Thursday, October 21, 2010

Free the Miami Five!

By a New Worker correspondent

New Worker supporters and hundreds of other Londoners braved the pouring rain on Tuesday to take part in a candlelit vigil outside the US embassy and demand the release of the Miami Five. TUC leader Brendan Barber, veteran Labour politician Tony Benn and a number of other union leaders joined the daughter of one of the Cuban prisoners in calling for their immediate release during the early evening vigil in Grosvenor Square.
Five Cubans have been unjustly imprisoned in US jails since 1998 for trying to stop terrorist attacks against Cuba. The United Nations, Amnesty International and numerous legal, religious and human rights organisations have questioned the fairness of their trial and long sentences, and condemned the US government’s persistent refusal to grant visas to allow two of their wives to visit.
For more than 40 years, right wing Cuban exile groups based in Miami have killed almost 3,500 people in terrorist attacks against Cuba. To save lives, Cuba sent five men to Miami to infiltrate and monitor the groups. At the request of the US government, this information was passed to the FBI in 1998.But instead of arresting the terrorists, the FBI used the information to identify and arrest the five Cubans on 12th September 1998 in Miami and charged them with spying and conspiracy.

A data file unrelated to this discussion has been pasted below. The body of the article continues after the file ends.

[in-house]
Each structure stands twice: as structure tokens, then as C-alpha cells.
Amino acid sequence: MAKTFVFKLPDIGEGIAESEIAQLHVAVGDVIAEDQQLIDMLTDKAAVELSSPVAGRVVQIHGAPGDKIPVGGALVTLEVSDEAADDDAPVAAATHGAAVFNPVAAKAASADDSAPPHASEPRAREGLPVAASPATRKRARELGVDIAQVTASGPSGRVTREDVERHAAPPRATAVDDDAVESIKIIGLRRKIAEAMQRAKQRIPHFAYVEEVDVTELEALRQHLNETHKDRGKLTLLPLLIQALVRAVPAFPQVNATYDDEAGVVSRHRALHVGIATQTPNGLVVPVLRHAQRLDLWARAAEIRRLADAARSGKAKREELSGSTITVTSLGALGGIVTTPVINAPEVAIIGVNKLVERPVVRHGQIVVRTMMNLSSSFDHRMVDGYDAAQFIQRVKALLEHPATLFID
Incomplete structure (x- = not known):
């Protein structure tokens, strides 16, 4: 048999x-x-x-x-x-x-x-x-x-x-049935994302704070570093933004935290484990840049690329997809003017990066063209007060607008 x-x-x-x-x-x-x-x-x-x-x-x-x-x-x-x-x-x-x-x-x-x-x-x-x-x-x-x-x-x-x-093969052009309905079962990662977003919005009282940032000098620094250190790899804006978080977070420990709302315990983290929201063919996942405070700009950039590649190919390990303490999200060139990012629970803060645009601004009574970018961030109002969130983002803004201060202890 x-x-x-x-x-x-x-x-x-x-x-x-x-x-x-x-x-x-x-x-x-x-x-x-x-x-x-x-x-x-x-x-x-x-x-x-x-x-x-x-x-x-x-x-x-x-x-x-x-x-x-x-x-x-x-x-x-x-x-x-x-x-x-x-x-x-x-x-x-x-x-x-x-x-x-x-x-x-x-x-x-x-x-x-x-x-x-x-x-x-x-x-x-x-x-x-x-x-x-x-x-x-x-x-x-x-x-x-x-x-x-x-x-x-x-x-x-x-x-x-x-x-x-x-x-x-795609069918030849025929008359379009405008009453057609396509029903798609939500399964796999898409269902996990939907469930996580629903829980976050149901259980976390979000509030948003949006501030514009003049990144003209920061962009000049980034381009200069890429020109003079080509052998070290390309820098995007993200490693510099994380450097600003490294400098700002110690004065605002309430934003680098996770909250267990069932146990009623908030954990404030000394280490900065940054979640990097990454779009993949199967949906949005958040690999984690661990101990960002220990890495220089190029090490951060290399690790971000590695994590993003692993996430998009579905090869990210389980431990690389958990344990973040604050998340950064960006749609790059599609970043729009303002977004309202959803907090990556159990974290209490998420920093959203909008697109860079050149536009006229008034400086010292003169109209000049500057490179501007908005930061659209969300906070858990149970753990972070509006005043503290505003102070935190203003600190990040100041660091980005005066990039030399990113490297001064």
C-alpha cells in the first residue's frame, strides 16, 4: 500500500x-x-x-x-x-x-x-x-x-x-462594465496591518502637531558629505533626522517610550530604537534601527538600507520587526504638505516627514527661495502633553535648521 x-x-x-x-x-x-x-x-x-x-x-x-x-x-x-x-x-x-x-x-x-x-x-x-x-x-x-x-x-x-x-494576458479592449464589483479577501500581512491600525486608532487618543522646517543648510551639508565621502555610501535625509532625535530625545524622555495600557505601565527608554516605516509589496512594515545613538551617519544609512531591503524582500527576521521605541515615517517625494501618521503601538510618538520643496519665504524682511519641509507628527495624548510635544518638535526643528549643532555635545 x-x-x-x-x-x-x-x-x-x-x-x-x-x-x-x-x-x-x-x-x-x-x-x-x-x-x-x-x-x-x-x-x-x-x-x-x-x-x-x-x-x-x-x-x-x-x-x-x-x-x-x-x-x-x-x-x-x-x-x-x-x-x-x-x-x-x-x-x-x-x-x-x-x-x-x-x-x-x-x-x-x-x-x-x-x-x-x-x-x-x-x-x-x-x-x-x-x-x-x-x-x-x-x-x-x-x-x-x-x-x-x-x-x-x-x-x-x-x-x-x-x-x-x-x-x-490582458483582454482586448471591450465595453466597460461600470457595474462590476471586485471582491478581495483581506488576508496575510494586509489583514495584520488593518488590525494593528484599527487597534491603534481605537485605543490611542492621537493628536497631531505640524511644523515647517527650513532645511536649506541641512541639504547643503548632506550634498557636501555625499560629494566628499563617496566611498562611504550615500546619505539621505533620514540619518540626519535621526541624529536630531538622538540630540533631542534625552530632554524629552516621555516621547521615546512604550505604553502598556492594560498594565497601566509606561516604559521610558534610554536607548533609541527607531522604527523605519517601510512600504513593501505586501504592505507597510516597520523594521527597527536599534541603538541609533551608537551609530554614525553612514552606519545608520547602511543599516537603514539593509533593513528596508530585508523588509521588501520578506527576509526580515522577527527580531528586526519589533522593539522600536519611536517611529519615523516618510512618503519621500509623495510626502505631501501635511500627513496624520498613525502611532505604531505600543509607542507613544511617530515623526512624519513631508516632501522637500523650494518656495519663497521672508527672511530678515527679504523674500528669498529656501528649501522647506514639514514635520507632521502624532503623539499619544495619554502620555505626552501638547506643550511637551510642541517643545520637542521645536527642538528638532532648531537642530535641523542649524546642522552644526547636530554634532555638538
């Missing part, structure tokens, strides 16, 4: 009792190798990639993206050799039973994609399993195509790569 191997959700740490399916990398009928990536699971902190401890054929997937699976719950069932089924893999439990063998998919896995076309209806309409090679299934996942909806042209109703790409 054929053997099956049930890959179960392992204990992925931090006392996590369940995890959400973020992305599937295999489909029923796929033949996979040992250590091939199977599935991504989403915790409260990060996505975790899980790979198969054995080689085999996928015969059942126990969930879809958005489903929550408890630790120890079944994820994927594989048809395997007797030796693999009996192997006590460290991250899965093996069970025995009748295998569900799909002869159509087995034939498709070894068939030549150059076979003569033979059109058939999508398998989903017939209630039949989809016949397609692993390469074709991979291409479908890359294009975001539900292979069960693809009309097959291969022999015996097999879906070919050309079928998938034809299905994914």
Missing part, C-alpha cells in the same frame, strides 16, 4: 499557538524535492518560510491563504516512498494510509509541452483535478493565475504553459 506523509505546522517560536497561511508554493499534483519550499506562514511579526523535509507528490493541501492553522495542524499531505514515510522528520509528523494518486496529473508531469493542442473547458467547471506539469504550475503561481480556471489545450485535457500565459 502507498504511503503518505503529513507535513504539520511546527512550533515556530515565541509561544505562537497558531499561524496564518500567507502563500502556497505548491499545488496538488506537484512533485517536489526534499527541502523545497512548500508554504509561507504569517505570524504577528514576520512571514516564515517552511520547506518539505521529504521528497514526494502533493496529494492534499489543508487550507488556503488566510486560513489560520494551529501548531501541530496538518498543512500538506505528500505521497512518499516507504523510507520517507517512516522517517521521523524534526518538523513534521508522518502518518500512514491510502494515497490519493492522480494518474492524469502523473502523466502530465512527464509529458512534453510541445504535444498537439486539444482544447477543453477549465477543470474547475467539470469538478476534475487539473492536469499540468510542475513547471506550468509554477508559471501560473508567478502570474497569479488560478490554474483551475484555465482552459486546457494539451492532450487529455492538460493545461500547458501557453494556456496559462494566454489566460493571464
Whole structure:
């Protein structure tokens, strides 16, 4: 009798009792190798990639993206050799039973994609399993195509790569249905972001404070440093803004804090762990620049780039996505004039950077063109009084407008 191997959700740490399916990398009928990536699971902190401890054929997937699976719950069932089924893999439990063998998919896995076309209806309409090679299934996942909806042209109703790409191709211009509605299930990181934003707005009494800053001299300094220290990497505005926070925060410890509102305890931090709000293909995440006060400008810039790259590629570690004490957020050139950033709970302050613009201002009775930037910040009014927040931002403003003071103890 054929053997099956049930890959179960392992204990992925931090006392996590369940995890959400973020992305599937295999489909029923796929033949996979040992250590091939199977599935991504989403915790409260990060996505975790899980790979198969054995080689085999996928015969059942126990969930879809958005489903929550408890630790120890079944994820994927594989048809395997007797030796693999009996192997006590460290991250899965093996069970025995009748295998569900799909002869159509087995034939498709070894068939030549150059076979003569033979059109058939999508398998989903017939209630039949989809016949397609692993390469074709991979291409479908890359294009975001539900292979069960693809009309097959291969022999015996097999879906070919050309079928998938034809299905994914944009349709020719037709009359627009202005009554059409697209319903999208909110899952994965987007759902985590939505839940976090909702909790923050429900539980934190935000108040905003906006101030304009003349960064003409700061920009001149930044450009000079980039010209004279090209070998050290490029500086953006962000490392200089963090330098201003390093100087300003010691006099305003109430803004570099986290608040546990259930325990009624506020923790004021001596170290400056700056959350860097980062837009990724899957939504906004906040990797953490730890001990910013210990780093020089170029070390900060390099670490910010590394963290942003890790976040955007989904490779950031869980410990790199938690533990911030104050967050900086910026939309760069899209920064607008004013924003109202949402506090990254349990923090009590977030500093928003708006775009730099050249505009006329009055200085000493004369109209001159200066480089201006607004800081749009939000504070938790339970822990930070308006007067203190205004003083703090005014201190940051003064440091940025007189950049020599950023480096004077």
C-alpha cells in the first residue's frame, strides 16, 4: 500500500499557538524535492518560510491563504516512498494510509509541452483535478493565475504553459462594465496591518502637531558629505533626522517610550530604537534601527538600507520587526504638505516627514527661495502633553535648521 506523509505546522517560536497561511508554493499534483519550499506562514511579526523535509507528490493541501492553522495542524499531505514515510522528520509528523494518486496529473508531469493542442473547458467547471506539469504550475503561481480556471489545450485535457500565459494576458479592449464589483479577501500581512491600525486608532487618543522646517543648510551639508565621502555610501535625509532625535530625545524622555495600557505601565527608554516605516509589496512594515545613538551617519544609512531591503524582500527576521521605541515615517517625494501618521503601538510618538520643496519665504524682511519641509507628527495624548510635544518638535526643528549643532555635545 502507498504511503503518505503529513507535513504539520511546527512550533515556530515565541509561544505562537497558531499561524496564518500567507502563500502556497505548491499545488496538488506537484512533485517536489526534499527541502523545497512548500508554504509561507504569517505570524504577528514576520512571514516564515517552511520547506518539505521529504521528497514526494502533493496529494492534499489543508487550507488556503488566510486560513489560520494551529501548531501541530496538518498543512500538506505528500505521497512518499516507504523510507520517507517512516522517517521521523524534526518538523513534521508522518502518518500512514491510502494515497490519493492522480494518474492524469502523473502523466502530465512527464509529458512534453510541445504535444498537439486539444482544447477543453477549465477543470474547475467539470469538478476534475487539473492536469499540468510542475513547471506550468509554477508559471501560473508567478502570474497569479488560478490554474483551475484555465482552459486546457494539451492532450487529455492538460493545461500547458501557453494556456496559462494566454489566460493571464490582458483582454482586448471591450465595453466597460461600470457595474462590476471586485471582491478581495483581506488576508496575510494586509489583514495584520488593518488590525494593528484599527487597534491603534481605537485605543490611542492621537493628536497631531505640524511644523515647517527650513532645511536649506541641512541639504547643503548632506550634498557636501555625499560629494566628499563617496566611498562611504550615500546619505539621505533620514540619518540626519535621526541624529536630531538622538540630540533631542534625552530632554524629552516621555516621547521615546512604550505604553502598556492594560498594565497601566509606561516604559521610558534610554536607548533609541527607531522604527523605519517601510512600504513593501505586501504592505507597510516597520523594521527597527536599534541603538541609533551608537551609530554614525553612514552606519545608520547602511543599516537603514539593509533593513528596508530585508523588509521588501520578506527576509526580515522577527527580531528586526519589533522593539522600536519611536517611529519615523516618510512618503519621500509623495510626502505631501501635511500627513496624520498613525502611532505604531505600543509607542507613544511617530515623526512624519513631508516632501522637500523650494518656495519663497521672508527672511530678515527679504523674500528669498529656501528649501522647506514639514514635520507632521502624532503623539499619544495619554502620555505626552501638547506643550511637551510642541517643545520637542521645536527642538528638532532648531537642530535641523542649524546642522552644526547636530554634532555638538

Cuba has acknowledged that the prisoners are intelligence agents, while confirming they were spying on Miami’s Cuban exile community and not the US government.
Two of the prisoners’ wives, Olga Salanueva and Adriana PĂ©rez, have been refused visas ten times and have not seen their husbands for 10 and 12 years.
Last August, TUC general secretary Brendan Barber wrote to US Secretary of State, Hillary Clinton, to protest about the “cruel punishment” meted out to Gerardo Hernandez, who was placed in a tiny windowless for the third time when seeking to appeal against his conviction.
“Not only is this cruel punishment being imposed without explanation, and preventing Gerardo from seeing his lawyers at a crucial stage in his preparation for Habeas Corpus, but it has also been imposed while Gerardo is experiencing health problems,” Barber said.
Eight Nobel Prize winners as well as 110 British MPs have also taken up their cause, writing to the US Attorney General calling for the immediate release of all five.

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